Helping feed the hungry: Thousands in region don't have enough to eat

2012-11-18T00:00:00Z 2012-11-19T00:36:05Z Helping feed the hungry: Thousands in region don't have enough to eatJoyce Russell joyce.russell@nwi.com, (219) 762-1397, ext. 2222 nwitimes.com

Gloria DeJesus calls the soup kitchen at St. Joseph Church in Hammond a "ripple in the pond."

"We are a small group in a large pond," she said.

The large pond represents hunger in Northwest Indiana, she said. The soup kitchen, along with dozens of other programs in the region aimed at helping to feed the hungry, are each ripples in that pond.

Small alone, but each ripple creates an expanding circle representing a widespread effort.

According to a study conducted by Feeding America in 2010, about 35,000 children in Lake and Porter counties are deemed "food insecure." That is 20 percent of the population younger than 18. In total, the study found that 16.5 percent, or about 108,000 people in the region, don't have enough to eat.

Hundreds of people, primarily volunteers, help the thousands throughout Northwest Indiana facing hunger either by providing meals or food through pantries and other programs.

 

Food Bank of Northwest Indiana

Behind the Village shopping plaza, just off Grant Street in Gary, is the Food Bank of Northwest Indiana.

Food passes through the doors to assist 115 agencies dedicated to feeding the hungry in Lake and Porter counties. Last year, more than 5 million pounds of food were distributed to member agencies, according to Megan Sikes, communication/advocacy manager for the food bank.

However, she said, there is a need for 25 million pounds of food to be distributed in the region, according to Feeding America, a national agency addressing hunger in the U.S.

The food bank receives much of its food through donations -- either local drives or from corporate or national donors. Much also comes by way of federal commodities, and still more is purchased.

The food bank is like the "Sam's Club to agencies," Sikes said. Each week, they prepare a menu to give to member pantries, soup kitchens and shelters. The agencies place orders. Some of the food is passed along free of charge; some must be paid for by the agencies.

Boxes, then trucks, are loaded with the food each week and either picked up by or delivered to member agencies.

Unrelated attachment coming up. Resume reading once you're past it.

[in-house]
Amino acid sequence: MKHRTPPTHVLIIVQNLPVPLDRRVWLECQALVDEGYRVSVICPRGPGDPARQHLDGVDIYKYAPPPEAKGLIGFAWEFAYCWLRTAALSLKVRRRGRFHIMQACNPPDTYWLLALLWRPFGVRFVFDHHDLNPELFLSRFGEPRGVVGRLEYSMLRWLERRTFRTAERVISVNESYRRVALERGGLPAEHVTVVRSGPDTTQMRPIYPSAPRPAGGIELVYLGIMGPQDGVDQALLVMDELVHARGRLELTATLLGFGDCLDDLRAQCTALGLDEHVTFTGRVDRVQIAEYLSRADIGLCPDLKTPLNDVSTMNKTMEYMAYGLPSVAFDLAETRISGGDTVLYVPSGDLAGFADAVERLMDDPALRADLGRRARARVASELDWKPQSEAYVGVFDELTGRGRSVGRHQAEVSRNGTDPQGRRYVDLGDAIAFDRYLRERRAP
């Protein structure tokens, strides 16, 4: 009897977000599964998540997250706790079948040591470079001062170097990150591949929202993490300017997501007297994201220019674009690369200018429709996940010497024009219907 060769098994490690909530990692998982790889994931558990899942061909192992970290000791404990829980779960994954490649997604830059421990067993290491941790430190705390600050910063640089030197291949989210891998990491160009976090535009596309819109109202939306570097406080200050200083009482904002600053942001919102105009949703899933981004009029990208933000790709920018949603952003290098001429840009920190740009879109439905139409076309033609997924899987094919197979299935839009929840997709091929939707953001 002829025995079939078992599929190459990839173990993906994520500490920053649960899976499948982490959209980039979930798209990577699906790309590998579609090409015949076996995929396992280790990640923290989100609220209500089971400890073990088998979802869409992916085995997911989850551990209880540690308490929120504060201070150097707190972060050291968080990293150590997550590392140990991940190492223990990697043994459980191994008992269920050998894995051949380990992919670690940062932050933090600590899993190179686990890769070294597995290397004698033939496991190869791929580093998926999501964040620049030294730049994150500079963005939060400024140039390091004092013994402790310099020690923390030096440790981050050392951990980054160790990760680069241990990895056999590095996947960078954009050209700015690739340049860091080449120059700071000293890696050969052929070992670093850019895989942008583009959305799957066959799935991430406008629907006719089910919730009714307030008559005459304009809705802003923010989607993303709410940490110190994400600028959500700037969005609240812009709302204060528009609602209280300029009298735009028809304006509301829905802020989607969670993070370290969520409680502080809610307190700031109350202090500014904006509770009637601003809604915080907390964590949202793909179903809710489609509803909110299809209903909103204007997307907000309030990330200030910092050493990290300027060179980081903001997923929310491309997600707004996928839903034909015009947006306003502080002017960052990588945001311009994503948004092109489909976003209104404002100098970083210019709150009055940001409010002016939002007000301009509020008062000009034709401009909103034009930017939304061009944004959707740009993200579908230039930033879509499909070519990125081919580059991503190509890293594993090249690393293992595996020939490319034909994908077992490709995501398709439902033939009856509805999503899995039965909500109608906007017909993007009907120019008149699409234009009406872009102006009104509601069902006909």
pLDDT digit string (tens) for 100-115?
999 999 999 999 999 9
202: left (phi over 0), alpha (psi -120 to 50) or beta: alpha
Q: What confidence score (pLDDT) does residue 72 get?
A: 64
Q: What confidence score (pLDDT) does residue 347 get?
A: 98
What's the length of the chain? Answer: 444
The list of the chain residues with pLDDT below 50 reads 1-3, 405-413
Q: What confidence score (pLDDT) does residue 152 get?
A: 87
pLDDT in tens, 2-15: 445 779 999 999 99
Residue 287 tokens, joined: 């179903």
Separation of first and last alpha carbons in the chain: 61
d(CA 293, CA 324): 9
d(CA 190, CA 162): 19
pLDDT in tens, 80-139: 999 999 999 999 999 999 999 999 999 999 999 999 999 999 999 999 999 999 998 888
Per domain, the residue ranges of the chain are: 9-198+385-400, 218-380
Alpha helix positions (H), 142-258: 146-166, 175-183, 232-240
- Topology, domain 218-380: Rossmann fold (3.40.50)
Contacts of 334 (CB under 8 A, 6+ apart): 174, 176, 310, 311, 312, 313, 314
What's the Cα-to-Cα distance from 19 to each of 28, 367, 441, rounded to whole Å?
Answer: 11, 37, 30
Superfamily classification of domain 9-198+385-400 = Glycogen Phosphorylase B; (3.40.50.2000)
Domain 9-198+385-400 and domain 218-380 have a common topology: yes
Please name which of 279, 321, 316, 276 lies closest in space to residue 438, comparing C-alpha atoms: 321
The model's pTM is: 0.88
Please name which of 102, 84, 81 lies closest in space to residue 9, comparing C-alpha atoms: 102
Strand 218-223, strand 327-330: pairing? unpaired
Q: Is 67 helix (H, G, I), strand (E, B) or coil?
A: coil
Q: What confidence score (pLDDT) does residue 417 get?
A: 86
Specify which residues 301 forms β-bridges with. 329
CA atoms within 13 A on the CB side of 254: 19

Portage Township Food Pantry

On a recent Thursday morning, a box truck backs up to the door of the Portage Township Food Pantry. Offloaded are pallets of macaroni and cheese, rice, vegetables and assorted other foods ordered the previous week from the Food Bank of Northwest Indiana.

Volunteers sort and move the food to the nooks and crannies of the food pantry, one of the largest in Northwest Indiana. The pantry, located in the back of New Vistas High School, served more than 22,000 individuals within 747 families in 2011. Their 2012 numbers seem to creep higher.

The pantry is run by some 50 volunteers, said Bobbie DeKemper, director of operations.

While the food is distributed three Friday mornings and one Thursday evening per month, it takes a week for volunteers to prepare each distribution, DeKemper said.

They begin on Monday by taking donations and inventory of what's available. A menu for that week's distribution is made on Tuesday. On Wednesday and Thursday, more donations are picked up, sorted and stored. Some days volunteers spend up to six hours working at the pantry, she said.

In addition to getting food from the food bank, donations come from food drives, individuals and local groceries, and cash donations help buy what hasn't been donated.

"When I started, there were 50 clients a week. Now we have 150 clients a week. The number of seniors has increased a lot," said DeKemper, adding they are anticipating additional increases due to this summer's drought and rising food prices.

 

Manna for Hammond Soup Kitchen

Five days a week, volunteers put together a home-cooked meal at the soup kitchen located inside St. Joseph Church, DeJesus said. Each day, they serve between 125 and 175 meals.

"We are family. These people are just like you and I. It is a place for them to eat, to have shelter. They are all good people. A lot of them are the working poor," DeJesus said.

Each day, 12 to 15 volunteers from various area churches arrive to cook the meal, she said. The kitchen is run on donations.

"I make a menu for the whole month and try to go around and get donations," she said. "The numbers are going up gradually. We are seeing a lot of new faces."

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